From street vendor to multi-millionaire, Fomba Trawally is known for the story of how he turned the $200 he had in his pocket into a booming entrepreneurial career. He started out in Liberia, living with his mother and younger brothers as she worked to make ends meet. She sold peppers and aubergines to feed her hungry children.
Unfortunately, in the 1980s, his mother passed away, leaving him as the sole breadwinner of the family. He dropped out of school and sold flip-flops in a wheelbarrow to care for his siblings. When civil war struck Liberia, Fomba fled to the Gambia for two years, eventually returning in 1991. He brought with him $200 that would grow into his current empire.
He officially established his business, Kumba Beindu and Sons, in 1992. The company was named after his mother and grew quickly. A few decades later opened a second venture called National Toiletries Incorporated – Liberia’s first paper and toiletry product manufacturing facility.
Patrick E. Ngowi
Patrick E. Ngowi started his first business at age 15 when he traveled between China and Tanzania, reselling cheap phones. He used this money to attend university, where he studied renewable energy.
In 2007, he founded Helvetic Solar – a company based in Tanzania that also sells to the US. He won the first place spot on KPMG’s list of the Top 100 Mid-Sized companies in Tanzania in 2012. He was listed in Forbes Magazine’s 30 Under 30 Africa’s Best Young Entrepreneurs in addition to the Forbes list of Young African Millionaires to Watch in 2013. In 2014, he again made the list of Africa’s Most Promising Young Entrepreneurs, along with East Africa’s Young Business Leader of the Year.
Not only is Ngowi an entrepreneur, but he’s also a philanthropist. His Light for Life Foundation is a non-profit social enterprise with a mission to provide free solar and small wind power systems for those in rural and off-grid areas in Tanzania.
Born December 11, 1980, British-Nigerian businessman Jason Njoku is a co-founder and CEO of a popular Nigerian movie streaming service called iROKOtv. Njoku has attempted many business ventures, but unfortunately, most were unsuccessful. His inspiration for the streaming service actually came after one such failed venture. “The West had Hulu and Netflix – Africa had nothing,” Njoku said.
Jason Njoku built a Nollywood distribution platform in 2010 with Bastian Gotter, and in 2011, they expanded to the streaming service iROKOtv.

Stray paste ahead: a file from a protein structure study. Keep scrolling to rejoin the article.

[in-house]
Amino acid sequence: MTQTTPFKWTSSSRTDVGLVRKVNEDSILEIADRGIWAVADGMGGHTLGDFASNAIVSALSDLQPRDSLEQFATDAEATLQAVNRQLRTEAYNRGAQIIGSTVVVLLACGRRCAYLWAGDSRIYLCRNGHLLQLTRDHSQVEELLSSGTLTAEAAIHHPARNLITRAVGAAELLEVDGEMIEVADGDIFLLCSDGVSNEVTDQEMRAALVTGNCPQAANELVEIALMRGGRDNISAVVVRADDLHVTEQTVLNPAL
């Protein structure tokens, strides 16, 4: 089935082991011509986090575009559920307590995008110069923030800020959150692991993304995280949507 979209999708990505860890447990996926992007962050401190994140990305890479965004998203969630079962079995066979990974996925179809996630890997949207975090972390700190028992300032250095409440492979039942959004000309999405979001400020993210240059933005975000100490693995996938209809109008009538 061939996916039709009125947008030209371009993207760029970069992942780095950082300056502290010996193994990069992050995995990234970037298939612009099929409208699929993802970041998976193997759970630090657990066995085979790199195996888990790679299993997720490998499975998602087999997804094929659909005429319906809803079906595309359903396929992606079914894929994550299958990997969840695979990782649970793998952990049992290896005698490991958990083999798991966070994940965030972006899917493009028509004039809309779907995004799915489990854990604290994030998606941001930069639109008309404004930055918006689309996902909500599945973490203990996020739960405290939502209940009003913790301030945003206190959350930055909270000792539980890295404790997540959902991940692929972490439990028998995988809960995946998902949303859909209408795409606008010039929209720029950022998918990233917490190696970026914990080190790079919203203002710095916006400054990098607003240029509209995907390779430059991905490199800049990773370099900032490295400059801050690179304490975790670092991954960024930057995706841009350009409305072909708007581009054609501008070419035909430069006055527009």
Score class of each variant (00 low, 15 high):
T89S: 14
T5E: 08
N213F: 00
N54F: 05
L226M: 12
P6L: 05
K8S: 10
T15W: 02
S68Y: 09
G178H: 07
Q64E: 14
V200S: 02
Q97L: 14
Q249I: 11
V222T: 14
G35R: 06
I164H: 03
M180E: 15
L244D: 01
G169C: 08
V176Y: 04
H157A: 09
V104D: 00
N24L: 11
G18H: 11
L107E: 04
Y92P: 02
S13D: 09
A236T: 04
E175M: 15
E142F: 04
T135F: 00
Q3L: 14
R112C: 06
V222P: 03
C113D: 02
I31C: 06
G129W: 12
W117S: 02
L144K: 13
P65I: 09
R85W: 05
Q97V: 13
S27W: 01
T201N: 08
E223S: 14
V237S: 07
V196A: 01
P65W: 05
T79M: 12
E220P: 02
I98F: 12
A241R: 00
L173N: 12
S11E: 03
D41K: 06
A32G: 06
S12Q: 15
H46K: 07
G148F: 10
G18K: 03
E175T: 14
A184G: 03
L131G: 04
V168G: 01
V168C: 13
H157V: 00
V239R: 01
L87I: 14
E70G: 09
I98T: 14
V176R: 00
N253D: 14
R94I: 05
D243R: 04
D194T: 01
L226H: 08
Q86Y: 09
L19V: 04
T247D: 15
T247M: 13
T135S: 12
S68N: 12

Jason’s perseverance in the face of adversity and struggle paid off. As of 2022, his company was worth over $40 million. In 2012 he was named one of the Ten Young African Millionaires to Watch, and in 2014, he was named one of Fast Company’s Top 1000 Most Creative People in Business, easily earning himself a spot on our list!
Black Business Show is a UK conference and exhibition founded by Rafael Sofoluke in which businesses owned and founded by black individuals are given time in the spotlight. The event has been going strong since 2017 and highlights the achievements of black business owners.
His impact in the UK on black business owners has been huge. Raphael is also behind the following endeavors: UK Black Business Week, Birmingham Black Business Show, and Black Tech Achievement Awards.
Sofoluke has also co-authored a book with his wife, Opeyemi Sofuluke. The book is called Twice as Hard and aims to help up-and-coming black entrepreneurs overcome stereotypes to pursue success. The book features the stories of 40 black trailblazers from the US and the UK, and was released in June 2021.
Former First Lady of the United States of America Michelle Obama made a name for herself, apart from her husband’s success. After a successful law school education, Mrs.Obama, formerly Michelle LaVaughn Robinson, quickly became an associate at the Sidley and Austin law firm. She also saw extreme success in various teaching and politics-related careers.
Leading up to her time as first lady, Michelle delivered a keynote address at the 2008 Democratic National Convention to much acclaim. She has continued to deliver impactful speeches at the Democratic National Convention, as was the case in 2012, 2016, and 2020.
During her time as First Lady, Michelle Obama was a role model for women and youth. She focused on providing healthy meals for kids and promoted wellness, healthy eating, and exercise. She also advocated for poverty awareness during her husband’s time in office.
Although no longer active in the law industry, Michelle Obama still holds a law license to this day. In 2020, she topped Gallup’s poll of the most admired woman in America for the third year.